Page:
The Positive Side of “Mask Breath”
When we wear our masks, there can be some health drawbacks, including breathing in a small amount of carbon dioxide which we are supposed to be exhaling. If you’re masking during a COVID infection, you may be increasing your viral load by re-breathing the very virus your body is trying to shed. The good news is that evaluating the smell of your “mask breath” up-close-and-personal can provide telltale signs of either health or danger.
Buda Dental, in Buda, Texas, on Friday, October 23, 2020. (Rodolfo GonzalezGonzoFotoz )
Your breath should be odorless. If it’s sweet & fruity, it can be a sign of diabetic ketoacidosis; if sour or stinky, it could indicate gingivitis (infected gums) or periodontitis (infected gums & bone). All smells deserve immediate attention.
Let’s talk about “perio breath”. The mouth is home to more than 700 strains of bacteria, many of which are harmless or even helpful. But a handful of strains, the ones primarily at work in periodontal infections, are really dangerous. These bugs don’t just threaten our ability to maintain teeth, but also our systemic health. They seep into the gum tissue, circulate through the blood stream, and travel to organs far and wide. Periodontal pathogens are linked to 57 other diseases and can to contribute to heart attacks and strokes. Their presence is even considered a serious risk in your ability to survive a COVID infection.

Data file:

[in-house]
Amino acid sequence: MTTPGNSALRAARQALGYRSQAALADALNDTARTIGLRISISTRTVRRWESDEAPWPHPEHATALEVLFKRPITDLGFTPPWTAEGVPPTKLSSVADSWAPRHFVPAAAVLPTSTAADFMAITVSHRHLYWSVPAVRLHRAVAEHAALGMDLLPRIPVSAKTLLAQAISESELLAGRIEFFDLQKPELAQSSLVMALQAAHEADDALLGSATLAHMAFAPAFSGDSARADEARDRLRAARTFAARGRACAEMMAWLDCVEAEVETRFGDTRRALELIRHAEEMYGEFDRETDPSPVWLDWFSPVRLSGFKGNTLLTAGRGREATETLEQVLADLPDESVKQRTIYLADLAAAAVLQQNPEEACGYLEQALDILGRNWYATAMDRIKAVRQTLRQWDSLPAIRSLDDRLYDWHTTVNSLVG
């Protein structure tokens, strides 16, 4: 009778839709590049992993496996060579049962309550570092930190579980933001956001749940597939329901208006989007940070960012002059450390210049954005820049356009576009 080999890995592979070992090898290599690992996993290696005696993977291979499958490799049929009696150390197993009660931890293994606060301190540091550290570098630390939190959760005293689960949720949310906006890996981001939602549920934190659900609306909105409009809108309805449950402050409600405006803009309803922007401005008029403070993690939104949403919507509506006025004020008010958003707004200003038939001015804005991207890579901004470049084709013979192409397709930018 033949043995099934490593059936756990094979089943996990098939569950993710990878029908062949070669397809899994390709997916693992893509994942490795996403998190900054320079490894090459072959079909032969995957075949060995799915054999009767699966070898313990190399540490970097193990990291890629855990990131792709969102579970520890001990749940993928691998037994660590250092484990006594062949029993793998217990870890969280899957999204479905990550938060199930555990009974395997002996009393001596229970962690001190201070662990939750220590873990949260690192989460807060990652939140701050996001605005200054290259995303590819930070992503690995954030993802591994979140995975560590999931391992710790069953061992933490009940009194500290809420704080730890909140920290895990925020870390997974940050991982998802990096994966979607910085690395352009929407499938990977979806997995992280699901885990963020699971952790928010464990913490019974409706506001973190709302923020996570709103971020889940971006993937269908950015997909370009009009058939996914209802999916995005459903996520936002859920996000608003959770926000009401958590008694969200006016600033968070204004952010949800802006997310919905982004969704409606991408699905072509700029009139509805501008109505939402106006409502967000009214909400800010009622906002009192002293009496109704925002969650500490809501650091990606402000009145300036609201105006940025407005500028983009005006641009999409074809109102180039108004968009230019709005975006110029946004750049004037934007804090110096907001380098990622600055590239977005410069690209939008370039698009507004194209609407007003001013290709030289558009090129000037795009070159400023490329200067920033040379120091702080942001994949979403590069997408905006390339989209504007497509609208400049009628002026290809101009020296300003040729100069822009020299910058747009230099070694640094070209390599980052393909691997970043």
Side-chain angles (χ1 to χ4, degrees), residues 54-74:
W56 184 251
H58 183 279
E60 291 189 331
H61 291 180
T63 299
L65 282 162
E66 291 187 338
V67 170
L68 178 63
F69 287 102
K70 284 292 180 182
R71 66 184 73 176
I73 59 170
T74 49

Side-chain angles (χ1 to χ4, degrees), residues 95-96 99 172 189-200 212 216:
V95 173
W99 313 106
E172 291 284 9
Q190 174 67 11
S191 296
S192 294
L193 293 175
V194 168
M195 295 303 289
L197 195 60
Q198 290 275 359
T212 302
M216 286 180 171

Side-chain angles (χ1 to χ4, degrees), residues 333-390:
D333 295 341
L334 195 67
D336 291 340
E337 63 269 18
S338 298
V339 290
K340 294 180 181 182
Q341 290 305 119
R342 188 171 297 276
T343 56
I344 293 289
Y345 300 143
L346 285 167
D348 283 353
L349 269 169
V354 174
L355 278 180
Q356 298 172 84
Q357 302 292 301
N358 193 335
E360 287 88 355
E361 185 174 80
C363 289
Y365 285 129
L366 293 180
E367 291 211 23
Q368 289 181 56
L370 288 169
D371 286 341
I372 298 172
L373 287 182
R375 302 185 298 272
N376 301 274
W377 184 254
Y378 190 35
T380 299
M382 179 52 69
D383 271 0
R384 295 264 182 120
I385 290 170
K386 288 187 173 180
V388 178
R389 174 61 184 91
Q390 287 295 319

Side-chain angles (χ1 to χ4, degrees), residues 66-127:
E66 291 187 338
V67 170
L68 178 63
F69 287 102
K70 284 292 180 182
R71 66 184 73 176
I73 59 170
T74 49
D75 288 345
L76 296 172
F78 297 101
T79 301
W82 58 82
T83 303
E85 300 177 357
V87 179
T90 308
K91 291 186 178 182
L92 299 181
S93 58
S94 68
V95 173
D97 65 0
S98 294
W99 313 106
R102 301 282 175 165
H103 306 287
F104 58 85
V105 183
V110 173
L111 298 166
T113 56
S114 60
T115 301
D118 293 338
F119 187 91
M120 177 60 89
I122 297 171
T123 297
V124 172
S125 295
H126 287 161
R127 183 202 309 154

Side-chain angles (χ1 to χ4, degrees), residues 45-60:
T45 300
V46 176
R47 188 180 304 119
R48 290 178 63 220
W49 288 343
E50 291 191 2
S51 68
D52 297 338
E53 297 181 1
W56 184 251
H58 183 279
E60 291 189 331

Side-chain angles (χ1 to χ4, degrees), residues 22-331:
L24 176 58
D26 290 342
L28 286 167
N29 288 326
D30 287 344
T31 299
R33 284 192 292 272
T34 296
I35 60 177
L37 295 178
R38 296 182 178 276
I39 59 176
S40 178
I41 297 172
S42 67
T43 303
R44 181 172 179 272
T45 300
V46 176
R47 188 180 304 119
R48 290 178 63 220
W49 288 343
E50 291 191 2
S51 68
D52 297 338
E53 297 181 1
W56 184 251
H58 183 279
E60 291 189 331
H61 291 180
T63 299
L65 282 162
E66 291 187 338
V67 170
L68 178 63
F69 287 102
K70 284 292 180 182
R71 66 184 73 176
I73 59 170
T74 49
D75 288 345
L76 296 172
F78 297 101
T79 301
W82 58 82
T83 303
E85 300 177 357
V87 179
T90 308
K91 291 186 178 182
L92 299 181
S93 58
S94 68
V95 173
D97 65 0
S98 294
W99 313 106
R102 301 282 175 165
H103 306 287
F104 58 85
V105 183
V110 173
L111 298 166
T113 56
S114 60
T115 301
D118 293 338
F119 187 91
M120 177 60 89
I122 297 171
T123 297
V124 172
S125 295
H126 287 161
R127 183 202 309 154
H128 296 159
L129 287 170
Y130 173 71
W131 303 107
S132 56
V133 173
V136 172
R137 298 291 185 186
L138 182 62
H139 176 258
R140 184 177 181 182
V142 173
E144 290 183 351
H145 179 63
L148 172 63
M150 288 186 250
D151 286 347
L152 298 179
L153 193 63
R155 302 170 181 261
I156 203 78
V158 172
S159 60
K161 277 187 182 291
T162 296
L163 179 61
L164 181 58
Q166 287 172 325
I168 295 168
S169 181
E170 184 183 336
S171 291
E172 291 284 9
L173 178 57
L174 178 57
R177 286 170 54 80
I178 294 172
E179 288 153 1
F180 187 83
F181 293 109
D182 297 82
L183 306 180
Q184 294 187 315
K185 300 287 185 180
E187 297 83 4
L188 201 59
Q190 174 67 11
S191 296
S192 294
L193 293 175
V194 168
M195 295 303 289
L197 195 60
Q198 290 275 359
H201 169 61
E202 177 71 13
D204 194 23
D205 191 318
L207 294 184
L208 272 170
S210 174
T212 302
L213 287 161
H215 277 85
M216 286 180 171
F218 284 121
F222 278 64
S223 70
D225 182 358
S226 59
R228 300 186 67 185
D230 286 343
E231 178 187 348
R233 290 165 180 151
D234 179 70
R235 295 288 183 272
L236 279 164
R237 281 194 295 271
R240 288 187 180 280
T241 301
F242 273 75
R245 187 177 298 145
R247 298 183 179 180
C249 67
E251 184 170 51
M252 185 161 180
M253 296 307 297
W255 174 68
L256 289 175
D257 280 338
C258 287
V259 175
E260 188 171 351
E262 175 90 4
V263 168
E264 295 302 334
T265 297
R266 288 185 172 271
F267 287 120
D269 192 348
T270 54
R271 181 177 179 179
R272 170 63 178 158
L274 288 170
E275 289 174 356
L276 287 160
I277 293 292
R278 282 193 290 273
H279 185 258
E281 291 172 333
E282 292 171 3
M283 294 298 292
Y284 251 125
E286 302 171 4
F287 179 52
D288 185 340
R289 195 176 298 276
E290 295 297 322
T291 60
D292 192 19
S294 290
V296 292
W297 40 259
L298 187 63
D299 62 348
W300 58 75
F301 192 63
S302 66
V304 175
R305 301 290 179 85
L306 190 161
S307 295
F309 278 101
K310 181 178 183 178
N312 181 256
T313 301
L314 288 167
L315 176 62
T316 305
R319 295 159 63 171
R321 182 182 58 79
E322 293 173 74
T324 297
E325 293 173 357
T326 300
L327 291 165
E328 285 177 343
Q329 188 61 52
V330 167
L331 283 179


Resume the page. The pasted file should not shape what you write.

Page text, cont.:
Periodontitis is a very prevalent disease and often goes untreated. Half of us will have it by age 30, and 70% by age 70. Unfortunately, it doesn’t hurt – because if it did, people would seek treatment! The best advice is to choose a periodontally astute dental team, where your hygienist and dentist perform a perio examination at each preventative visit and keep you informed.
Dry mouth is another “fresh breath stealer”. Since over 400 of the most common drugs (prescription, over-the-counter, and recreational) decrease saliva flow, there has been a rapid rise in fungal (yeast) infections of the mouth. Nine fungal strains can be identified in saliva, although not all infections are easily remedied. If your mouth is parched and your breath is foul, it’s a sign of deteriorating health and you should speak with your dentist. Beyond bad breath and fungal overgrowth, dry mouth often results in rapid, active tooth decay and enamel erosion. Many people are unfortunately not aware of this risk and seek treatment after severe damage has already occurred.
To learn more, start with your dental team, and make sure they want to work collaboratively with your medical team. Together, they can uncover the root causes of your systemic issues, address them head-on, and hopefully help you de-medicate.
In conclusion, because we are wearing masks while out and about, we need to pay attention to what “mask breath” is saying! It may be a blessing in disguise and help you become healthier not only in your mouth, but your body as a whole.